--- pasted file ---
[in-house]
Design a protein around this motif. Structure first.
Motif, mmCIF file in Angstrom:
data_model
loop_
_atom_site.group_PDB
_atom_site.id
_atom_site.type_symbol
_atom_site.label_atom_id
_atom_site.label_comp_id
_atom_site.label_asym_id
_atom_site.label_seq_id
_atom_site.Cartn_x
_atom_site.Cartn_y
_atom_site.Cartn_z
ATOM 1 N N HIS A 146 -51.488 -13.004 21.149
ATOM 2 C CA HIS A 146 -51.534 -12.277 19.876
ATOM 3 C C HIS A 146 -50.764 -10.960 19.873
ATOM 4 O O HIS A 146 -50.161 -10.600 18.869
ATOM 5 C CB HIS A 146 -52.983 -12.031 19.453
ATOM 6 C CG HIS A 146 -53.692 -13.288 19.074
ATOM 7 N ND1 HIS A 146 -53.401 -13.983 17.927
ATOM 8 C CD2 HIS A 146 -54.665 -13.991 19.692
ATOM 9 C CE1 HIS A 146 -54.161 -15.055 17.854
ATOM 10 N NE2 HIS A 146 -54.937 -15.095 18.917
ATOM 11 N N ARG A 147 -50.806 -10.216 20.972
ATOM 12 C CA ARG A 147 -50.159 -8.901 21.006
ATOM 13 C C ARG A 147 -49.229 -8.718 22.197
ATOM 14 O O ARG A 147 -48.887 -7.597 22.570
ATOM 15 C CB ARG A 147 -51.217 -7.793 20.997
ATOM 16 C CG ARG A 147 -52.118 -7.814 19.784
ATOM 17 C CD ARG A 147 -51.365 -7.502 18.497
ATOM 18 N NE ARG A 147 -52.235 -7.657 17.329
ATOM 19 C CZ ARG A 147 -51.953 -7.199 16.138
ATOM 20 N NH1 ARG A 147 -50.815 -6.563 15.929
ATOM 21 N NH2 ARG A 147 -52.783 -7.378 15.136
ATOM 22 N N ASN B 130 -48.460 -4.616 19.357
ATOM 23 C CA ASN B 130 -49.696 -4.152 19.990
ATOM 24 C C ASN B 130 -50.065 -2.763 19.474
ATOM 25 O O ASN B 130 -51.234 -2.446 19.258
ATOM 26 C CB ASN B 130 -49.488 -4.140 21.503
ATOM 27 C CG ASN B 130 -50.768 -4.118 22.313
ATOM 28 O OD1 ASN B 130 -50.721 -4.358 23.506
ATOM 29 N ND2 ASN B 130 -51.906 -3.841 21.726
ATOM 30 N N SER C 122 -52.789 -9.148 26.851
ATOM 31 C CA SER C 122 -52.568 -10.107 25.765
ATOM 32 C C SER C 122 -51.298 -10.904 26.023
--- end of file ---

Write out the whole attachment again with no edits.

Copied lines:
[in-house]
Design a protein around this motif. Structure first.
Motif, mmCIF file in Angstrom:
data_model
loop_
_atom_site.group_PDB
_atom_site.id
_atom_site.type_symbol
_atom_site.label_atom_id
_atom_site.label_comp_id
_atom_site.label_asym_id
_atom_site.label_seq_id
_atom_site.Cartn_x
_atom_site.Cartn_y
_atom_site.Cartn_z
ATOM 1 N N HIS A 146 -51.488 -13.004 21.149
ATOM 2 C CA HIS A 146 -51.534 -12.277 19.876
ATOM 3 C C HIS A 146 -50.764 -10.960 19.873
ATOM 4 O O HIS A 146 -50.161 -10.600 18.869
ATOM 5 C CB HIS A 146 -52.983 -12.031 19.453
ATOM 6 C CG HIS A 146 -53.692 -13.288 19.074
ATOM 7 N ND1 HIS A 146 -53.401 -13.983 17.927
ATOM 8 C CD2 HIS A 146 -54.665 -13.991 19.692
ATOM 9 C CE1 HIS A 146 -54.161 -15.055 17.854
ATOM 10 N NE2 HIS A 146 -54.937 -15.095 18.917
ATOM 11 N N ARG A 147 -50.806 -10.216 20.972
ATOM 12 C CA ARG A 147 -50.159 -8.901 21.006
ATOM 13 C C ARG A 147 -49.229 -8.718 22.197
ATOM 14 O O ARG A 147 -48.887 -7.597 22.570
ATOM 15 C CB ARG A 147 -51.217 -7.793 20.997
ATOM 16 C CG ARG A 147 -52.118 -7.814 19.784
ATOM 17 C CD ARG A 147 -51.365 -7.502 18.497
ATOM 18 N NE ARG A 147 -52.235 -7.657 17.329
ATOM 19 C CZ ARG A 147 -51.953 -7.199 16.138
ATOM 20 N NH1 ARG A 147 -50.815 -6.563 15.929
ATOM 21 N NH2 ARG A 147 -52.783 -7.378 15.136
ATOM 22 N N ASN B 130 -48.460 -4.616 19.357
ATOM 23 C CA ASN B 130 -49.696 -4.152 19.990
ATOM 24 C C ASN B 130 -50.065 -2.763 19.474
ATOM 25 O O ASN B 130 -51.234 -2.446 19.258
ATOM 26 C CB ASN B 130 -49.488 -4.140 21.503
ATOM 27 C CG ASN B 130 -50.768 -4.118 22.313
ATOM 28 O OD1 ASN B 130 -50.721 -4.358 23.506
ATOM 29 N ND2 ASN B 130 -51.906 -3.841 21.726
ATOM 30 N N SER C 122 -52.789 -9.148 26.851
ATOM 31 C CA SER C 122 -52.568 -10.107 25.765
ATOM 32 C C SER C 122 -51.298 -10.904 26.023